After Steven Spielberg’s Jaws became the highest-grossing film of all time in 1975, becoming the movie that marked a turning point in cinematic history, the film company Toho approached director Nobuhik Obayashi with the suggestion to make a film like Jaws.
The result was Hausu(or House), a film heavily influenced by ideas from Obayashi’s daughter. It was a bizarre fever dream that turned Bruce the Shark into a mischievous cat and dealt with the horrors of aging. The film was an instant hit with the youth culture of Japan but was never officially screened in the United States until the distribution rights were bought by Janus Films in the late 2000s.
Hausuand Jaws do have a lot of similarities, but they are vastly different when it comes to their visual and narrative language. Hausu has surrealist visual language and genre-blending commentary on fears that everyone can relate to. Hausuis a remarkable movie that can teach filmmakers how to elevate their inspirations.
The Surrealist Visual Style
From the first few moments of the film, it’s obvious that Hausuis not a typical horror film. Its frivolous approach to horror is emphasized by the quick edits and dream-like sequences that are bathed in colored filters. The reality is loose, feeling more like a collection of moments from a child’s perspective of adulthood.
Even when the horrors begin, slowly isolating each character, the surrealism only amplifies. From child-eating pianos to a blood-vomiting portrait of a cat, the events force the audience into the perspective of the fearful children who are unable to escape.
While Jaws captures us in suspense with its menacing first-person perspective of the shark and its fin that slices through the water towards the impending doom of a swimmer, Hausurefuses to build tension and chooses to shock the audience with absurdity.
Obayashi wanted to have the film’s special effects look fake, as if they were made by children, and supervised them himself rather than utilize Toho’s effects director. The visuals were uneven, making the film look more inconsistent. It is experimental by design, allowing the viewer’s mind to get lost in the wonder of the visuals.
The Feminine Horrors vs. Masculine Reaffirmation
Even if you are not able to follow the story’s loose logic, Hausuis a bright, colorful, happy-go-lucky ghost story about innocent children devoured by a spirit.
Chigumi Obayashi, the 10-year-old daughter of the director, gave him a collection of images, incidents, and phobias from her own life: the thought that her reflection might attack her as she combed her hair, the idea that a watermelon chilled in a well might be a severed head, and the oddities of her grandparents’ house in the country. To motivate these ideas, the director created a backstory for the aunt (Yōko Minamida) who lives in the country house. She was left pining for a lover who never returned from World War II, and her ghost haunts the house.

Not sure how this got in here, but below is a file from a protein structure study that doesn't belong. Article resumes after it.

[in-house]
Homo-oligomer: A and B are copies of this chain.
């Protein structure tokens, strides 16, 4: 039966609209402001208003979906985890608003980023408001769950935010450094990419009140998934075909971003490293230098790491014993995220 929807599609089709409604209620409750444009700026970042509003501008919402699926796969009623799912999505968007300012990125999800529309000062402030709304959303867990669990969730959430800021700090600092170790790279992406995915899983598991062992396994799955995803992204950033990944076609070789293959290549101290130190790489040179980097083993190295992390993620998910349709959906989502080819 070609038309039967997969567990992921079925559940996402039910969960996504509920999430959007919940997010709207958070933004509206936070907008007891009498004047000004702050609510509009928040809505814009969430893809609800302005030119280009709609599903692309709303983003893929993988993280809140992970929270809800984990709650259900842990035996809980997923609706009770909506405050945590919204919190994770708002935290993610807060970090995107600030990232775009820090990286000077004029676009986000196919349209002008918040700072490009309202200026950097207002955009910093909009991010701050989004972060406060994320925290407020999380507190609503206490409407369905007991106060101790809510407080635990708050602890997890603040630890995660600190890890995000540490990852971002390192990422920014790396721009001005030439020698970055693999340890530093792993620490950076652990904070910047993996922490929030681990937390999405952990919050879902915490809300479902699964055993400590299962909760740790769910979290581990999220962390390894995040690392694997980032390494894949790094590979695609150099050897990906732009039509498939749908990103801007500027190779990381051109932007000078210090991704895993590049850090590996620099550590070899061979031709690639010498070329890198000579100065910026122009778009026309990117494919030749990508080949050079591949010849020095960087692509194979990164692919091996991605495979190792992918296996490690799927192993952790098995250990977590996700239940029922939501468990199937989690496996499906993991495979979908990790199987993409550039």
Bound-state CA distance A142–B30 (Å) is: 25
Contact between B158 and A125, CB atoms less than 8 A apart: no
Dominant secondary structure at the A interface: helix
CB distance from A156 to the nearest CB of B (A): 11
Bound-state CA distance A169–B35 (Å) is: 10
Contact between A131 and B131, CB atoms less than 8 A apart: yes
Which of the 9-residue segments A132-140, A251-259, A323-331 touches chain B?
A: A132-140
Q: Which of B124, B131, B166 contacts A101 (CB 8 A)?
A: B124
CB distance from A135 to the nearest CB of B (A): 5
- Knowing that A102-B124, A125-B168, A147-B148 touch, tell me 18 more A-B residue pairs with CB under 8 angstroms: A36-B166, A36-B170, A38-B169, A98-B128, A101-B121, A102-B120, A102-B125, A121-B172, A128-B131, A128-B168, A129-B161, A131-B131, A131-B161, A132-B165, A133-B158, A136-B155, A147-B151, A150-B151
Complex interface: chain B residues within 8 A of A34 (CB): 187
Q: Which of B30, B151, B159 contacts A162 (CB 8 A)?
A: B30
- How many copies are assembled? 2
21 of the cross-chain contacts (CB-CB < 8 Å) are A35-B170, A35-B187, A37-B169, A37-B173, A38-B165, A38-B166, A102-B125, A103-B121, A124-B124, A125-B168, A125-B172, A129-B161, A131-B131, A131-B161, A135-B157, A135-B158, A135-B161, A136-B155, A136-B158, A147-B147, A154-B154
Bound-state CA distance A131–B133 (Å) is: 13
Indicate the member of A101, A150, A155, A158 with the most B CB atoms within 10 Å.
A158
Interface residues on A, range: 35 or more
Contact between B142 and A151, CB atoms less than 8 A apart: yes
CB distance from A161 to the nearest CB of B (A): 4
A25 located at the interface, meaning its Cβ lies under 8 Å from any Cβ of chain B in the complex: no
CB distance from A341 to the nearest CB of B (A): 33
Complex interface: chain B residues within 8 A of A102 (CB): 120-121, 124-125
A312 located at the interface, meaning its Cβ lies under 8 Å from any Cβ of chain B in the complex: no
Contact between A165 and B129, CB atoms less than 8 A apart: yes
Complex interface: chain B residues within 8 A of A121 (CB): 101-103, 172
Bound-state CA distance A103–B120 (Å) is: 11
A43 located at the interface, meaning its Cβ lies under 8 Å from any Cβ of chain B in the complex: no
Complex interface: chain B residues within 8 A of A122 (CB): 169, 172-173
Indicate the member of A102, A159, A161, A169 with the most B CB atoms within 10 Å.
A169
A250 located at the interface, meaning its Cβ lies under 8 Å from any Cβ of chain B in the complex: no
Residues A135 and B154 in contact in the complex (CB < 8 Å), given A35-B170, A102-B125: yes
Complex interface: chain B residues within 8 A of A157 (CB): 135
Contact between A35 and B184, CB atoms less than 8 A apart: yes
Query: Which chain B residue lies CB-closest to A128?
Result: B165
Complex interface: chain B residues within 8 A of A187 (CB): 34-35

The aunt's spirit separates each girl and finds one to possess, promising another chance at youth and beauty and more time to wait for love. Grief and denial fuel the story, turning the main character Gorgeous (Kimiko Ikegami) into an antagonistic murderer who aids in the death of her friends.
The notion of love conquering all is manipulated into justifying murder and possession. It's a quiet part of the story’s narrative, yet it justifies the choices made and the casual cruelty of the aunt becomes more sadistic with each girl’s death.
Like Hausu, Jaws deals with similar themes of human greed and man vs. nature, but by reaffirming that masculinity can overcome almost everything. Jaws is fueled by masculine adrenaline, restating the message that the toughness of men will prove victorious over their foes.
The feminine lens of Hausuis weaponized to break the soft and simple feminine mold women are cast into and complicate the wants and desires of a woman in grief.
Blending Over-the-Top Horror and Comedy
Although Toho wanted Obayashi to create a groundbreaking horror film that would revive the dying studio system in Japan, Obayashi delivered a fantasy.
Horror and comedy have been closely tied throughout the history of film, and for good reason. The contrasting elements of both genres work to create an intense emotional reaction from the audience. Comedy gives permission to laugh at your fears, promising reassurance through the film’s darkest moments.
Unlike Jaws, which relies on tension, Hausu relies on your participation. While both films show you something moving in the background or reveal information to the audience that the characters do not know, Hausu immediately rewards the audience with outlandish scares. Common, everyday items became instruments of death and torture. The piano that once brought the girls a moment of happiness at the beginning of the movie is now eating one of them. A bath is now a bottomless pit. Bananas will be your death.
It’s absurd, but in a way that makes sense when you let go of the realism that we are used to.
Horror and comedy allow filmmakers that space to break away from realism. The rules of the genre are not solidified. Instead, they welcome change and bizarre ideas. Horror-comedy is a genre that will never stop evolving, which is why it has been around since its birth of the genre in 1922.
If Jaws had never made the history-altering splash it made, then we would have never been able to experience its kooky and cooler cousin, Hausu. Both films are great—that isn’t even a question. Yet Hausu is more ridiculous than the summer break at Amity Island. It’s an isolated horror that won’t let you escape its unhinged antics and its desire for never-ending youth.
You can watch Nobuhiko Obayashi’s Hausu(1977) on HBO Max now.
Do you think Hausuis better than Jaws? Let us know why or why not in the comments below!